Wow. I honestly think Robert Hunt is the best Javert I have ever seen. (Have I said that for another actor already?) He has so much intensity in his singing and acting that I don't think I've ever seen from any actor portraying Javert live. He seemed to be very conscious of enunciating his words at key points (although he did a great job of making his singing very clear the entire time) but it was never overdone. From the moment he began singing in the "Prologue" all the way to "Javert's Suicide", he had very prominent presence on stage and projected himself in a way to match that. He was quite menacing in the "Prologue" without being scary. And apparently he is known for his dramatic gestures during "Javert's Suicide" and I got to see that for myself today. It was just pushing the boundary to overdoing it, but not quite. He made Javert's tumultuous inner turmoil very apparent. Even the simple act of pretending to point out on the map where the army is planning to attack ("Concentrate their force -- hit us from ... the right"), he takes that pause and actually has Javert pretend to study the map for a brief second to make his deception more believable. If it weren't for Gavroche, the students would have completely fell for it.

I also noticed the way that Hunt was encouraging the "sniper" in "The First Attack" while he was sitting bound in the chair (and being otherwise quite calm). I just don't think I've noticed it before -- and especially since all I remember of that scene on Thursday is Brandt's frightened heaving breaths. It's just that they're two different approaches to that scene that I never really thought about before.

Tonya Dixon:

Again, wow. Tonya Dixon might actually have been better today than Thursday, which I didn't think was at all possible. "I Dreamed a Dream" was just amazing, really showcasing how awesome her voice is.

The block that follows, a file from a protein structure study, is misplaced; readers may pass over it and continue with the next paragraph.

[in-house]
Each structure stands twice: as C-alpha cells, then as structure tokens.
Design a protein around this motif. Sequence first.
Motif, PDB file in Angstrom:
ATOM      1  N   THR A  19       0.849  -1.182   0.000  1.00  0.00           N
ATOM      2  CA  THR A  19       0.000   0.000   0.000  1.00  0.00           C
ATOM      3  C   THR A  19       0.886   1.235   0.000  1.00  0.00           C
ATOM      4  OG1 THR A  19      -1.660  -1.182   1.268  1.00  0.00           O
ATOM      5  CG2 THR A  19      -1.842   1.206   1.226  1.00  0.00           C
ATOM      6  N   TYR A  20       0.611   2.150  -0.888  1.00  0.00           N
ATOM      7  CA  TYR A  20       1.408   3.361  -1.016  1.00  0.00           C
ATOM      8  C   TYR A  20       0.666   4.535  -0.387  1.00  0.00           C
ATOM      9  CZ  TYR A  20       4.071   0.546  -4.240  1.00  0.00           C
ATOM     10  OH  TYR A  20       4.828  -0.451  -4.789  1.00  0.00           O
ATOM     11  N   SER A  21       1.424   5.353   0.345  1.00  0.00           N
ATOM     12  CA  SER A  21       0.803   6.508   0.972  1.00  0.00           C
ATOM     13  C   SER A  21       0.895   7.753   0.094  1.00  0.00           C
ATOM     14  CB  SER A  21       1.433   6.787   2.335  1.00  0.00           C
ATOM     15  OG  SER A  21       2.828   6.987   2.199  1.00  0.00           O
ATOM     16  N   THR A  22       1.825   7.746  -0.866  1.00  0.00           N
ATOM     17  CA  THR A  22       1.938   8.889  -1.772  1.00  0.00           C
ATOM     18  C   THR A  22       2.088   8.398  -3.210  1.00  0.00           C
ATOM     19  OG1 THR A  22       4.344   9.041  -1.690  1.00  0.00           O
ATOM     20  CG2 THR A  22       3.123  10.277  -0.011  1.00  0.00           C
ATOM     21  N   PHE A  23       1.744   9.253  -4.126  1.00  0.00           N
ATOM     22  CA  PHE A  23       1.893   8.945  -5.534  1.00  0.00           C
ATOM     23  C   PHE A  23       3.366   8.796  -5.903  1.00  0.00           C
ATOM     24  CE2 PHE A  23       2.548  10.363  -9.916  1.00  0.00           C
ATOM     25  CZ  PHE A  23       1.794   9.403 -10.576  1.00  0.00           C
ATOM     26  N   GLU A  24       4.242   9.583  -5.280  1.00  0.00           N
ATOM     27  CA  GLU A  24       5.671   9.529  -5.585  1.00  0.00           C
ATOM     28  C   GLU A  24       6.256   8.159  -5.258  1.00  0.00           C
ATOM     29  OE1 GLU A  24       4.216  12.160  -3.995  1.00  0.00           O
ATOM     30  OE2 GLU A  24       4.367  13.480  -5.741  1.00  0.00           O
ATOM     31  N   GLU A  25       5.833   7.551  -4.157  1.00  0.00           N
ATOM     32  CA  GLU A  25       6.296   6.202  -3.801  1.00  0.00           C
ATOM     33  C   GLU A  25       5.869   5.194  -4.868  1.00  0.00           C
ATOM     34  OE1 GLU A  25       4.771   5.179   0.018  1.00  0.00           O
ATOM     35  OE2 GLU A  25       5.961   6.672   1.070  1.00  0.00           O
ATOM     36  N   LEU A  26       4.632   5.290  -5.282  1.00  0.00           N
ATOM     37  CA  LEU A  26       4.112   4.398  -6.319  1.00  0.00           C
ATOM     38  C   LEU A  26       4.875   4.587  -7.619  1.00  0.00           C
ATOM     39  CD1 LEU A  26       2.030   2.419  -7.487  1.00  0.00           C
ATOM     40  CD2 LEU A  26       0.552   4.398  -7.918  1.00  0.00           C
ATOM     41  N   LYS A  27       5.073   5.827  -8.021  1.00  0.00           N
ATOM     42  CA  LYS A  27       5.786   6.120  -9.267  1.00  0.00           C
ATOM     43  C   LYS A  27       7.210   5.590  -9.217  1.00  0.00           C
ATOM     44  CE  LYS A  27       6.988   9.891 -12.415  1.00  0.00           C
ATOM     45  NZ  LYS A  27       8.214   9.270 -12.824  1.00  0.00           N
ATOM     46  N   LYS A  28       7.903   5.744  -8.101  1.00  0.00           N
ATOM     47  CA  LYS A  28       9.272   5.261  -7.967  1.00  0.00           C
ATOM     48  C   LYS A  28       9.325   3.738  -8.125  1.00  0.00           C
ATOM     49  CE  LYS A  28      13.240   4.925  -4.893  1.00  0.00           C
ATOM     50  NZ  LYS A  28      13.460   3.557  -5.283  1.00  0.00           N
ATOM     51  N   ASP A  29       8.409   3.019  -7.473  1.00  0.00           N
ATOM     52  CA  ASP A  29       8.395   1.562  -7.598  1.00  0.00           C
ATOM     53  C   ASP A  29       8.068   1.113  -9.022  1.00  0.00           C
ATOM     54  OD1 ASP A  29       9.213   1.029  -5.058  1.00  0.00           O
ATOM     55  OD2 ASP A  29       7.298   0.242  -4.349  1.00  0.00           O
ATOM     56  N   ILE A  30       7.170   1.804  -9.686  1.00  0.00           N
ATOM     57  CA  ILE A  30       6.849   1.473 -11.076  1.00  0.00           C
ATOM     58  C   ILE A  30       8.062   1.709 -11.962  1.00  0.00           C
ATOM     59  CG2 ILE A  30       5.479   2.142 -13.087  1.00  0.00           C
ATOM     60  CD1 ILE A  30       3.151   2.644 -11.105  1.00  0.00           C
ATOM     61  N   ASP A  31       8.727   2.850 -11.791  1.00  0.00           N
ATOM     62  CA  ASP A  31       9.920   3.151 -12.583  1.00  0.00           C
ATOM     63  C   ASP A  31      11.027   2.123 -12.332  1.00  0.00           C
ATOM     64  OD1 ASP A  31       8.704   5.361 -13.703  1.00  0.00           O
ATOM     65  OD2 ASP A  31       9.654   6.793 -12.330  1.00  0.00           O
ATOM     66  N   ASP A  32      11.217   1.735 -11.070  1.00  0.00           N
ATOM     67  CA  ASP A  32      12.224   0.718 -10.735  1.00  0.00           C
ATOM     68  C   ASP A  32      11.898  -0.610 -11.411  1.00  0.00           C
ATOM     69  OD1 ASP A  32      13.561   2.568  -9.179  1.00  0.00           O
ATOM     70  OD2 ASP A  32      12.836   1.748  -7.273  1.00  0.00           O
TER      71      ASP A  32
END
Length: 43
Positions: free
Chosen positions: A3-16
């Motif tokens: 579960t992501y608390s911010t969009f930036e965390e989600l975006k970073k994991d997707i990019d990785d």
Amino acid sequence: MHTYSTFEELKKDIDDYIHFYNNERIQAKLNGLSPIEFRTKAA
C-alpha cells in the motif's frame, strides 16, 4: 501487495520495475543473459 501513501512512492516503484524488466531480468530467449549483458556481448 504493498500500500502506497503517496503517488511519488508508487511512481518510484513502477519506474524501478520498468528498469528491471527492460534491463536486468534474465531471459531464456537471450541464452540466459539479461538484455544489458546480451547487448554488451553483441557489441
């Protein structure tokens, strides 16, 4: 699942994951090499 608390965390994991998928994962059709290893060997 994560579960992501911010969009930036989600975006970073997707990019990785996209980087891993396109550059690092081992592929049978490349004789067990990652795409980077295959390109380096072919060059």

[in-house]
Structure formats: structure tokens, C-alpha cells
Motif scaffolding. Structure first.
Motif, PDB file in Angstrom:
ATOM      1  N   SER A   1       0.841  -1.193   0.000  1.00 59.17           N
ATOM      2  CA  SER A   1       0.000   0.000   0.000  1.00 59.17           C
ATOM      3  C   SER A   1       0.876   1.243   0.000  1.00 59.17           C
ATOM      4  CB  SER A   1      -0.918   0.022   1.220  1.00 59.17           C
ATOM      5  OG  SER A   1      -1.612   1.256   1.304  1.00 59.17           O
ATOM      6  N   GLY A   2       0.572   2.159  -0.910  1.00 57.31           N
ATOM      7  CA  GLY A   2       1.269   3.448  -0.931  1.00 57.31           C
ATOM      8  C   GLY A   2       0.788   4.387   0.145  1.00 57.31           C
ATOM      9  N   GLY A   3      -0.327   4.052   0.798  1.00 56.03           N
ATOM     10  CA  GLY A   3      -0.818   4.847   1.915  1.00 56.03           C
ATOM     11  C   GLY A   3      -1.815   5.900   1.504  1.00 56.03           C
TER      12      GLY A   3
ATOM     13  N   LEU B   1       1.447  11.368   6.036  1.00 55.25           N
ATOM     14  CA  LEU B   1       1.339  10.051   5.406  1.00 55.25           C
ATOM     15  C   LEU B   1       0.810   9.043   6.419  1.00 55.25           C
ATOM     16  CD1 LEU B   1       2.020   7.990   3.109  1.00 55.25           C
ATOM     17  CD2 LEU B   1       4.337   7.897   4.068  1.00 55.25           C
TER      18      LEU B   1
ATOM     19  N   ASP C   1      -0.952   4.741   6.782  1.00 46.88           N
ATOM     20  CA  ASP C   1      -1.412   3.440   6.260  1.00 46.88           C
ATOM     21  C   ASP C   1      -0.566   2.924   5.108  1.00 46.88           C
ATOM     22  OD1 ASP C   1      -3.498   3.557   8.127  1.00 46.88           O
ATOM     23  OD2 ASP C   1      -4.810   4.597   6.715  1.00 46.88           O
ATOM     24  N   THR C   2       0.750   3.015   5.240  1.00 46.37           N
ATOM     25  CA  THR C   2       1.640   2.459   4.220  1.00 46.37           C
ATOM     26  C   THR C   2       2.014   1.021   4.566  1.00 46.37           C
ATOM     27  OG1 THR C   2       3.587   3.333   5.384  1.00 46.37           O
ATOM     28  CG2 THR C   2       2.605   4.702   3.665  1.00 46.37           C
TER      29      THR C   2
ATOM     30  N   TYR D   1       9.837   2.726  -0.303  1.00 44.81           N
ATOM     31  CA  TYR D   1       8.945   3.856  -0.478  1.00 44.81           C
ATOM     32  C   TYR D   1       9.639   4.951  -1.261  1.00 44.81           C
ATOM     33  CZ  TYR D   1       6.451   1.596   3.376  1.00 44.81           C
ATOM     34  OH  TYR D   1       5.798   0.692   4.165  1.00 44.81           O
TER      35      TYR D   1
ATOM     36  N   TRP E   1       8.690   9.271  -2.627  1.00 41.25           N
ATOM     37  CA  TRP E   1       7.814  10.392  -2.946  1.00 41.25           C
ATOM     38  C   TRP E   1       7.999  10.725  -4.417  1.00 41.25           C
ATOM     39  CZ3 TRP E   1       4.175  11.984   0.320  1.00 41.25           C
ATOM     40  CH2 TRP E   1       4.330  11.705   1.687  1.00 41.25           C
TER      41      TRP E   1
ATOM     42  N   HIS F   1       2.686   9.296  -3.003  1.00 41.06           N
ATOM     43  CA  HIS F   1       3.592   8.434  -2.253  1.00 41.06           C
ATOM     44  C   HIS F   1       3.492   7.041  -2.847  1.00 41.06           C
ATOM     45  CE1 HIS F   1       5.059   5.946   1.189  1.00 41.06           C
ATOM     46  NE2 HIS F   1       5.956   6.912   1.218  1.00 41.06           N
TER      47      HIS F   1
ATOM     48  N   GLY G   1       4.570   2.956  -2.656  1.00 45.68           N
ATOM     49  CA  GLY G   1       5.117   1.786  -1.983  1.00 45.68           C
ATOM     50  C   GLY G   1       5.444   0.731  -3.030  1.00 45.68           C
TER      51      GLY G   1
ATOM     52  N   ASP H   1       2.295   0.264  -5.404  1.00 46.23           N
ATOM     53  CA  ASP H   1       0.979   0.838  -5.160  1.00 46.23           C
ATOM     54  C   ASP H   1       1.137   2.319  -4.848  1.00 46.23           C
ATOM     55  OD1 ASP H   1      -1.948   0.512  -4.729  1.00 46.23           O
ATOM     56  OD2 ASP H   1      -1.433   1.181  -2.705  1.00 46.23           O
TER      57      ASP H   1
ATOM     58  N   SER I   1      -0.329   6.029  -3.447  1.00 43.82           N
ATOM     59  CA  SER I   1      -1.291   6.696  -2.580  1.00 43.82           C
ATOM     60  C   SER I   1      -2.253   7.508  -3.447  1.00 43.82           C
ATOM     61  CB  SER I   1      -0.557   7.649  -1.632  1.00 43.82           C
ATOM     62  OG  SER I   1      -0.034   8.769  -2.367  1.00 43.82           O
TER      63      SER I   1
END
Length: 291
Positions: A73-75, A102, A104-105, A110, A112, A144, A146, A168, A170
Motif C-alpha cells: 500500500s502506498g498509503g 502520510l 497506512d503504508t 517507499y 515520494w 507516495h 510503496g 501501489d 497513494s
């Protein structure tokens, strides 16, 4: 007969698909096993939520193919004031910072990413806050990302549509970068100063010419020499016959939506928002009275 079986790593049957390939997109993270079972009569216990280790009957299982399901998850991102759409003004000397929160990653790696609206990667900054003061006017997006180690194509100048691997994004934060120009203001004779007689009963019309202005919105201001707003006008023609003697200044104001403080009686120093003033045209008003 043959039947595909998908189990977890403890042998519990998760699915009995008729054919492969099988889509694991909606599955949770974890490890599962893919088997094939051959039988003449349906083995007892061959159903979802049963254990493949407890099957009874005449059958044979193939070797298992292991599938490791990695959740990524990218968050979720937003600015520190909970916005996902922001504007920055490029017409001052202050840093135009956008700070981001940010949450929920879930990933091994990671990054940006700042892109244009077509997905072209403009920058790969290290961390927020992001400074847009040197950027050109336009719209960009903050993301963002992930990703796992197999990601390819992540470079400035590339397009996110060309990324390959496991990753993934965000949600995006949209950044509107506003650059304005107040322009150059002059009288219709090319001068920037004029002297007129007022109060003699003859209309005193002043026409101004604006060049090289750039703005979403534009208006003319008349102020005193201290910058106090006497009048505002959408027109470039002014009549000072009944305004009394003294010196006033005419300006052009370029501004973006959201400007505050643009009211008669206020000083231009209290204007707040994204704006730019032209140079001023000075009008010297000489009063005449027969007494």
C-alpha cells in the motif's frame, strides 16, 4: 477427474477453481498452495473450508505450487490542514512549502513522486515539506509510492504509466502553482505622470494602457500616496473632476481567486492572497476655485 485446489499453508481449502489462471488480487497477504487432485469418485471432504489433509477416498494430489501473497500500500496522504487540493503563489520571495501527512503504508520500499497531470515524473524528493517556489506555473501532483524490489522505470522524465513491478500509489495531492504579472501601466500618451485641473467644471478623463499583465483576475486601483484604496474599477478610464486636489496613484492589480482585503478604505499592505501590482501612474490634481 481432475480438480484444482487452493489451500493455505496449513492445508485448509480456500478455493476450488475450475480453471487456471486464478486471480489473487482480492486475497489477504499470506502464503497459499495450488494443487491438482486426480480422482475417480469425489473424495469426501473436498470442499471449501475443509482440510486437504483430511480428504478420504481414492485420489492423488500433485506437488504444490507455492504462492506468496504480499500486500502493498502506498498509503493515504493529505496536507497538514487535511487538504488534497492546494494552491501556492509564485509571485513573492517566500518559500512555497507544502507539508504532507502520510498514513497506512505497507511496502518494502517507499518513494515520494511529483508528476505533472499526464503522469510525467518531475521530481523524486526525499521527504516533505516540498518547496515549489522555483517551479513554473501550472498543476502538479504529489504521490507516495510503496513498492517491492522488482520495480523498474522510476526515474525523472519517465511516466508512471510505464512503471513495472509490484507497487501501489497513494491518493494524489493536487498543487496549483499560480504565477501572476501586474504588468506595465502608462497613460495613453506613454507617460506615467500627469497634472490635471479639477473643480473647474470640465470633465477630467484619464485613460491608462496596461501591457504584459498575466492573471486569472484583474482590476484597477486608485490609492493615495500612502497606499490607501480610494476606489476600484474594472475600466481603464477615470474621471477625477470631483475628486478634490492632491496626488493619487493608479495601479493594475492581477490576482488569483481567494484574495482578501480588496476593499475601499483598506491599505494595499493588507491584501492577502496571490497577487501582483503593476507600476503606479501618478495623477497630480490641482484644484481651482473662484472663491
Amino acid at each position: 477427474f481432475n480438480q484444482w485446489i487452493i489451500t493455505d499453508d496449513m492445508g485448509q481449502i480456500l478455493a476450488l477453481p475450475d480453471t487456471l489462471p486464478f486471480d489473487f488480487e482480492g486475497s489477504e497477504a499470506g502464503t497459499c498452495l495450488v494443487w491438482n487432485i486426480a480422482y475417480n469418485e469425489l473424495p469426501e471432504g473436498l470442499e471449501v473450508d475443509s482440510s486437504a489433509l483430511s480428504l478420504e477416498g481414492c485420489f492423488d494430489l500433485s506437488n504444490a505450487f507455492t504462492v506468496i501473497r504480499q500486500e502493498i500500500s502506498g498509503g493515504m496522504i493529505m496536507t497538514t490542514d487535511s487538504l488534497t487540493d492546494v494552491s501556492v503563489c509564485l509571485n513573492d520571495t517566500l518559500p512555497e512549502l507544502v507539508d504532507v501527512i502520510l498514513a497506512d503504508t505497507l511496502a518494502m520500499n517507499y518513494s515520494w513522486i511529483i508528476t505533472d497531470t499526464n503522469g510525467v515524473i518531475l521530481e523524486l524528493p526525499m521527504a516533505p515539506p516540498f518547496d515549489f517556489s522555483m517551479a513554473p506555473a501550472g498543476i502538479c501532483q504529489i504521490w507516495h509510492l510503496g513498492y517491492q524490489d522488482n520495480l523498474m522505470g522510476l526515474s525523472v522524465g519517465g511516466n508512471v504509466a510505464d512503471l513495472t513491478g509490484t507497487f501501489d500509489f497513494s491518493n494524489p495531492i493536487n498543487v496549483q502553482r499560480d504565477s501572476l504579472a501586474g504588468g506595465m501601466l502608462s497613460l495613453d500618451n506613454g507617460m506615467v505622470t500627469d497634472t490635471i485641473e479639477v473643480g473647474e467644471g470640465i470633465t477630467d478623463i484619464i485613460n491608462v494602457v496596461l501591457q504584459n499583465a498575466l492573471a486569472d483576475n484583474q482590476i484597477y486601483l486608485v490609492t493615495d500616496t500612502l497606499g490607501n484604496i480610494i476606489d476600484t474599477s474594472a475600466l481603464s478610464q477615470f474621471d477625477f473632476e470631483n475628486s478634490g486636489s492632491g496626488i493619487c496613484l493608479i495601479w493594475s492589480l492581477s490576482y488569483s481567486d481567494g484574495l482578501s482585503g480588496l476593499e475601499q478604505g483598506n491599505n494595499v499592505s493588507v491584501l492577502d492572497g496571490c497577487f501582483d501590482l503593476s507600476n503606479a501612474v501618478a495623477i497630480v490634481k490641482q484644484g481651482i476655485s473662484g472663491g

Rachel Schier:

Schier's performance was essentially a carbon copy of Thursday, though I got a sense of how good of an actress she is for being eight years old (or somewhere in that vicinity). She really did look frightened when Madame Thénardier caught her not doing her chores and she was actually shaking, particularly when she was holding that huge wooden bucket and looked as if she was ready to burst into tears. Wow. And I just love the expression she has on her face when Monsieur Thénardier holds her under his arm during the "Waltz of Treachery" -- like she's thinking, "What the heck?"

David Benoit & Jennifer Butt:

David Benoit was all over the place during "Master of the House", bouncing here and there, adding to the high energy of the song. Both Thursday and today, he sprawled himself across the table, kicking his legs in the air somewhere around "Tells a saucy tale, makes a little stir ..." It was quite funny. Also at the end of "Waltz of Treachery", after Valjean gives them the 1500 francs and leaves with Young Cosette, he grabs for the money while Jennifer Butt leapt onto his back, at which point he yells, "Get off me, you little whore!" He did that on Thursday as well, but I don't remember him doing that last year.

Jennifer Butt makes for one scary-looking Madame Thénardier. Not only is she quite thin (a little on the boney side, if you ask me), has that flaming red hair thing going, and what has to be a partial mask to make her right cheek look slightly asymmetrical, she just has this way of moving on stage that just screams "crazy lady". It's great. Also, I just love that her experience with this role made her lines in "Master of the House" come through with perfect timing and delivery.

Noah E. Galvin: